Lastly, the application of false or deceptive structured data which leads to increased Google search results real estate and better click-through-rates (CTRs) due to compelling rich snippets with overwhelmingly positive ratings and reviews are relatively easy to identify. Since Google considers this highly important, they are more likely to take structured data spam more seriously.
What to expect
Building a compelling spam report argument requires resources. Hence managing expectations, your own and those within the organization, with respect to the possible outcome of submitting a spam report, is important.
A competitor spam report is not an SEO magic bullet, even if it works exactly as expected. Chances are if the violation is confirmed and a manual spam action is applied, this will be only a temporary setback to the affected site.
Every penalized site gets another chance to get back in Google’s good graces and apply for reconsideration at any point in time. Once the violation has been addressed and fixed, Google may remove any manual action applied. Depending on the technique used that resulted in the penalty, the affected website may or may not recover to previously enjoyed search engine result page (SERP) visibility, even after successful reinclusion by Google.
Organic search visibility is in a constant state of flux and depends on a great many factors, some of which can not be influenced. Even if the offending site drops in Google search considerably, a penalty will eventually time out.
Also, the competitor may find another way of boosting other, more relevant search engine optimization (SEO) signals by, for example, improving page speed or doing legitimate outreach and link acquisition.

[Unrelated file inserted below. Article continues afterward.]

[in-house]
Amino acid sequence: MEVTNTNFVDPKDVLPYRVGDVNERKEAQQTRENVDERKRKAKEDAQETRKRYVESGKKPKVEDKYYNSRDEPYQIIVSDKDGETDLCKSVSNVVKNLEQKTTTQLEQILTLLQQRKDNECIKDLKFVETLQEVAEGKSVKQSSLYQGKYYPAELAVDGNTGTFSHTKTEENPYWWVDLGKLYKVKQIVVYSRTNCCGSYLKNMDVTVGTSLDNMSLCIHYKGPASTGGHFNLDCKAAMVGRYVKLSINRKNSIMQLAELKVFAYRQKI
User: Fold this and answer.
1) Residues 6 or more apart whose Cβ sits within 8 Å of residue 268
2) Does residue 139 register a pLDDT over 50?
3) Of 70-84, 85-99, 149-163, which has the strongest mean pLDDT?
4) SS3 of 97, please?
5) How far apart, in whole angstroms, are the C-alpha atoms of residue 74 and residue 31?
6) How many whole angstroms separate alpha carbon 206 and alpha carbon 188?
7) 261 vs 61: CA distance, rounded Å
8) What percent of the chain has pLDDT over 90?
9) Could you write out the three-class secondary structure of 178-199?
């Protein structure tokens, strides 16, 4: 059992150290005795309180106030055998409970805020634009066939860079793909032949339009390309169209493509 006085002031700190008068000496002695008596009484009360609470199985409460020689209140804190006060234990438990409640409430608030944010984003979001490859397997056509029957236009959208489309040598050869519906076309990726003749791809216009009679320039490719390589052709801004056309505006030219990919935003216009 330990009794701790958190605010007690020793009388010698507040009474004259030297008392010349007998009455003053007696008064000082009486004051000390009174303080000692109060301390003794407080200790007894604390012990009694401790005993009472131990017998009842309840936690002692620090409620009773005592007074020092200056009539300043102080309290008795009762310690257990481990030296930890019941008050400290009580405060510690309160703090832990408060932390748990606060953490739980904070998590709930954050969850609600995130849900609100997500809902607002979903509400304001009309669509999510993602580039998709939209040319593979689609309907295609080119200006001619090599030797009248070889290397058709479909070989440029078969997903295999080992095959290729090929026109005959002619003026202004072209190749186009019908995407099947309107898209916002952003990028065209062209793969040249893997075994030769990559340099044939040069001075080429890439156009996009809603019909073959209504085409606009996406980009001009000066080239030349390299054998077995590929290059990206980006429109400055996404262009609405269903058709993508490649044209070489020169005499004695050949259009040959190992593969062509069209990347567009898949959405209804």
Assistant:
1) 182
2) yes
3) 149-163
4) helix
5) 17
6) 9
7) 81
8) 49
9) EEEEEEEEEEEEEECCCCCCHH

A successful competitor spam report does not, of course, fix one’s own website’s SEO shortcomings, which may provide infinitely more opportunities to act upon and improve.
No feedback given
Finally, Google does not provide any feedback in regard to how successful a spam report has been, which can be frustrating.
They also do not appear to check any websites associated with the account used for the spam report. While keeping a clean SEO house is always a good strategy, SEO skeletons in one’s own closet are not roadblocks to reporting a competitor violating guidelines.
Still, despite all the points raised above, and particularly in fiercely competitive niches where every position counts, maintaining a vigilant eye over the competition’s adherence to SEO best practices is a must.
Compared to the time needed to conduct an in-depth, technical on- and off-page audit for your site, submitting a spam report is a relatively low-cost effort that is often worth doing.
If in doubt, the entire process of investigation and analysis can be outsourced to a third-party specialist with a proven track record of successfully uncovering Google Webmaster Guidelines violations.
Opinions expressed in this article are those of the guest author and not necessarily Search Engine Land. Staff authors are listed here.